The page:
Serbian president accuses 'hooligans' of violent protests
Serbian President Aleksandar Vucic on Thursday accused "criminal hooligans" of driving the violence in protests that have erupted in Belgrade and other cities over his government's handling of the coronavirus pandemic.
Clouds of tear gas and smoke filled central Belgrade on Wednesday evening for a second night after a peaceful gathering descended into confrontations between protesters and police, 10 of whom were reported injured by the government.
The first demonstration was triggered on Tuesday after Vucic announced the return of a weekend curfew to combat a second surge of coronavirus infections.
The president later backtracked on the plan but the protests continued, turning into a general rebuke of his government's handling of the crisis.
Critics accuse the authorities of under-reporting the death toll and hastily lifting almost all virus restrictions ahead of a national election in late June.
The poll, which was boycotted by much of the opposition, cemented Vucic's grip on power.
"I have promised you that we will be able to protect peace and stability, despite the violent attacks by criminal hooligans which shock us all," Vucic said as he travelled to Paris for a meeting with his French counterpart, according to state broadcaster RTS.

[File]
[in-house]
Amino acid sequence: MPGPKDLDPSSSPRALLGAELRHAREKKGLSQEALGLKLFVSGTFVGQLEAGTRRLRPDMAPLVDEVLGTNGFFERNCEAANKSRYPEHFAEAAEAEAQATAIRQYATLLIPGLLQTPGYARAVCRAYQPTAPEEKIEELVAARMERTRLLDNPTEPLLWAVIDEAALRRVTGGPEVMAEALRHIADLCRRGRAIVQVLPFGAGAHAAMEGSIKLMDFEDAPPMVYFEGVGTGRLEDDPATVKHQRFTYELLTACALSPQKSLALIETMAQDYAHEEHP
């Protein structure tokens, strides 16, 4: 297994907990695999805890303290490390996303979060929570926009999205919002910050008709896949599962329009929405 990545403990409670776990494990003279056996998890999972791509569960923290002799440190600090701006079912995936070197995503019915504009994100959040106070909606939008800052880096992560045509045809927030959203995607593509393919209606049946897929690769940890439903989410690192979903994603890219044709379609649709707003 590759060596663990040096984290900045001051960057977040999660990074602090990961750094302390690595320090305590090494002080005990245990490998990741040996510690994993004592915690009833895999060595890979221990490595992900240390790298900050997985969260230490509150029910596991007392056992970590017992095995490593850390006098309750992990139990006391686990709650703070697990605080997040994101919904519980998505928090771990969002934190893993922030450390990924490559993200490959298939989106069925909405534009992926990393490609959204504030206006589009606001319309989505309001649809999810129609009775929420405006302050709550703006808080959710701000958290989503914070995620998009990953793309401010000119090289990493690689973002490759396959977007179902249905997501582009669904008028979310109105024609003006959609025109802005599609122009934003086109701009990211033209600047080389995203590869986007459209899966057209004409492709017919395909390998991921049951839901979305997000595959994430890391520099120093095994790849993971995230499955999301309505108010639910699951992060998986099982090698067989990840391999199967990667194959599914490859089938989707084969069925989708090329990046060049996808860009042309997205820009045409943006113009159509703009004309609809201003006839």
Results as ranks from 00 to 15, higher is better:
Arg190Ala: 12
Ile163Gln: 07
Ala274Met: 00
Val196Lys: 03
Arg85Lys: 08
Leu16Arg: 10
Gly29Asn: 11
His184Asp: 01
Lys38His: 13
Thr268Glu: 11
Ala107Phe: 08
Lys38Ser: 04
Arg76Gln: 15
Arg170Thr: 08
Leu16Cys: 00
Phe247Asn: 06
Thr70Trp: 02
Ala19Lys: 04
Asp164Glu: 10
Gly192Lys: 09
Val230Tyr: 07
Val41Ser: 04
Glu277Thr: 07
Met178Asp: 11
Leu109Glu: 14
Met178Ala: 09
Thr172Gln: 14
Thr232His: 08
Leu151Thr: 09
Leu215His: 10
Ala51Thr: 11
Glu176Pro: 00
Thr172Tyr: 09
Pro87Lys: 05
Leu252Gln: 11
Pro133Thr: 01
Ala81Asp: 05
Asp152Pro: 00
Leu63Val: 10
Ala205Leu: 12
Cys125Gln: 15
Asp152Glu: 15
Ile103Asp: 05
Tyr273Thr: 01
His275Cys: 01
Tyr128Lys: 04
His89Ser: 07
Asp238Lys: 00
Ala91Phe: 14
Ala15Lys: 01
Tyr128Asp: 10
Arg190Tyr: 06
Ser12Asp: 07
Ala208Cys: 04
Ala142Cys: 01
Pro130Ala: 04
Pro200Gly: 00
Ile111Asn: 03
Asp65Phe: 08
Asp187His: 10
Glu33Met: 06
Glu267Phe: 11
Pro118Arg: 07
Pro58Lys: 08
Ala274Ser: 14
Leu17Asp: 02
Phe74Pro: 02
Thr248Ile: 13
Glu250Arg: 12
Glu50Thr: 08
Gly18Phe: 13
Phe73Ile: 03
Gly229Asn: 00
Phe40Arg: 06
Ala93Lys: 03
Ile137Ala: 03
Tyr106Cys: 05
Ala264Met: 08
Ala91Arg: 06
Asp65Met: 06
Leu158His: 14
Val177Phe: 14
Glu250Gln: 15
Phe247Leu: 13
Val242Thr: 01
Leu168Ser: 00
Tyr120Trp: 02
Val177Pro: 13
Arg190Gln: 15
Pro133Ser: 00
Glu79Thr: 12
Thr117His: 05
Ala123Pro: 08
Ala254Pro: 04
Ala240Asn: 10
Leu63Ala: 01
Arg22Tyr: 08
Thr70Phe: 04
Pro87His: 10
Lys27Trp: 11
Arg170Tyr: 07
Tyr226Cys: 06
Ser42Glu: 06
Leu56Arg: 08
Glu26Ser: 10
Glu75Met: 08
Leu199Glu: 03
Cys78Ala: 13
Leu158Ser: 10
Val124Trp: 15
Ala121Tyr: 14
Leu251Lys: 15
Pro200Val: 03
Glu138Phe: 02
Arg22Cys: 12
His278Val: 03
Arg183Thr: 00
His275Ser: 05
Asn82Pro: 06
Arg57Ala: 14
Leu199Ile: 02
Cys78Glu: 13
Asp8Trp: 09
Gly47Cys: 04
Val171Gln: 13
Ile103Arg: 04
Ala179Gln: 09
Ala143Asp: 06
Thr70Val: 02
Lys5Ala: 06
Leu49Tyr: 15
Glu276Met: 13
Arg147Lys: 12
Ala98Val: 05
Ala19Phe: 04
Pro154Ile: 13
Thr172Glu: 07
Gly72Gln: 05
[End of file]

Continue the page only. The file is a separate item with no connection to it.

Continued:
He has branded the protesters -- who pull from a wide spectrum of political leanings -- as "fascists" and conspiracy theorists.
Rights groups accuse the 50-year-old of amassing autocratic rule over Serbia during his nearly eight years in power, first as prime minister and now as president.
- Scenes of police brutality -
Early on Thursday, Interior Minister Nebojsa Stefanovic said 10 officers had been injured, including one with broken legs.
Regional TV channel N1, however, quoted hospital sources saying 19 police officers and 17 protesters were injured.
Demonstrators threw flares, stones and other objects at police who responded with tear gas in running battles around the city centre.
Similar protests were held in the cities of Novi Sad, Nis and Kragujevac, where the offices of Vucic's ruling Serbian Progressive Party (SNS) were vandalised.
On both nights, scenes of police brutality were captured on television, including an incident on Tuesday in which officers used batons to beat three men sitting peacefully on a bench.
A local news agency, Beta, reported that one of its journalists had been beaten by police.
Serbia has reported more than 17,000 infections and 340 deaths in a population of seven million.
Daily infections have shot up over the past few weeks, overwhelming hospitals.
Vucic has slammed what he called the "most brutal political violence in past years".
The former foes will come together Sunday in Brussels, with plans to reboot a European Union-brokered dialogue, which has been frozen for more than a year.
© 2020 AFP